PNWU Well Represented at the 36 Annual Primary Care Update
Last week, two third-year PNWU students represented our University at the 36th annual Primary Care Update in Spokane. Produced by the Inland Northwest Academy of Family Physicians, the event — which is touted as the largest gathering of primary care providers on the West Coast — offers attendees an opportunity to connect with long-time colleagues and to learn from others.
Jeff Kilcup, OMS III, presented “Earlobe Creases and Coronary Artery Disease: A Meta-Analysis.” The meta-analysis, which was completed by Kilcup and fellow OMS III Matt Jacobsson, included around 59 studies for a total of 44,691 subjects, and presented findings which supported the correlation between earlobe creases and coronary artery disease. Kilcup credits the inspiration behind the project to Dr. William Elliot, PNWU Chair of Biomedical Sciences.
“The poster was a great talking point among primary care providers,” Kilcup explained. “Most had heard of the correlation between coronary artery disease and earlobe creases, but some had not. The providers who stopped by to discuss the findings were interested in how to best utilize the findings of an earlobe crease in their patients.”
Meanwhile, OMS III Andy Zhang joined forces with two third-year University of Washington students and a first year resident to present an hour-long case presentation on a very unique patient they saw in their service to the Internal Medicine Residency. The presentation covered multiple topics, including copper deficiency, which ultimately became the topic of the poster.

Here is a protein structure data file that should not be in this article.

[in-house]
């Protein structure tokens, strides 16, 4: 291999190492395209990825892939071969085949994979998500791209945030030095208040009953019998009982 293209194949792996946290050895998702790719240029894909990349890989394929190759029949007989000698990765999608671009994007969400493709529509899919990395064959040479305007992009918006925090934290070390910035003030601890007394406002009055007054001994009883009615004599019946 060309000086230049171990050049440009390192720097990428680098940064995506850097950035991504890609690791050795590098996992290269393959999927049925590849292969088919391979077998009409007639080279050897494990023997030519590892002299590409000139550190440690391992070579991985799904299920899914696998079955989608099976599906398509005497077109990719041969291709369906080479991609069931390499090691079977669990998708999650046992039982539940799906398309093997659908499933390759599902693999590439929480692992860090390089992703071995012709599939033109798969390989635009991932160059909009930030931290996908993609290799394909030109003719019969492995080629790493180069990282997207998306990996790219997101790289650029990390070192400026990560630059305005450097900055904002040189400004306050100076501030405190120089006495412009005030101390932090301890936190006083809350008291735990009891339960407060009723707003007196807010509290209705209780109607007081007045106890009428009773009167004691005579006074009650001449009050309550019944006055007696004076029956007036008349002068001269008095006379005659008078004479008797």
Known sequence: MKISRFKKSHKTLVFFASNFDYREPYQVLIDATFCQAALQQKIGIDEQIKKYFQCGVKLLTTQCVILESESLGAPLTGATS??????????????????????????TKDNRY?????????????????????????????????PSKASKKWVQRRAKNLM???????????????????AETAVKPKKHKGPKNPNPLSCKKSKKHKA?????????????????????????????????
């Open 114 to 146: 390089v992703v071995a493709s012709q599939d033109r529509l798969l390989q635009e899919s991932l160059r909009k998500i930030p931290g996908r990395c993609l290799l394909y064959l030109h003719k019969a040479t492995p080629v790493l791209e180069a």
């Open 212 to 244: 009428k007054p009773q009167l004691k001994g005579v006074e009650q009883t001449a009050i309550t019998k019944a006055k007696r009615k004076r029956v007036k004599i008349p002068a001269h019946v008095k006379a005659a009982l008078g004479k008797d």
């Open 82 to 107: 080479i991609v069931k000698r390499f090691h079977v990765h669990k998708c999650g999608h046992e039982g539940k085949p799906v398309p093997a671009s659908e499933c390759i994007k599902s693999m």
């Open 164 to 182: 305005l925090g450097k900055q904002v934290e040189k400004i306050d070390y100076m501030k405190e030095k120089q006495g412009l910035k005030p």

“The groundwork was already laid out,” said Zhang, “and it seemed like an excellent opportunity to not only showcase a rare presentation to other professionals in the medical field, but to also get the experience to teach others.”
Several other PNWU students, faculty, staff, alumni and preceptors also attended the update, including PNWU alum Dr. Nathan Armerding, Class of 2013. In fact, during his time at the event, Dr. Armerding displayed a perfect example of the value of connection that the annual event aims to facilitate. While attending the meeting, Dr. Armerding bumped into Randy Poncher, MD, our Regional Assistant Dean in Spokane.
The two were familiar with one another, as Dr. Amerding had served his residency in Spokane with Dr. Poncher. As their conversation developed, Dr. Poncher began discussing the shoulder and knee pain that he’s recently been experiencing. It was then, in the middle of the hallway of the Centennial Hotel, that the student became the master.
As he performed the osteopathic manipulation he’d learned in his time at PNWU, several MDs, PAs and Nurse Practitioners stopped to ask what was happening.
Ultimately, Dr. Amerding spent more time educating his fellow providers on the wonders of osteopathic medicine than he did on the treatment itself, and Dr. Poncher walked away feeling better than he had all week.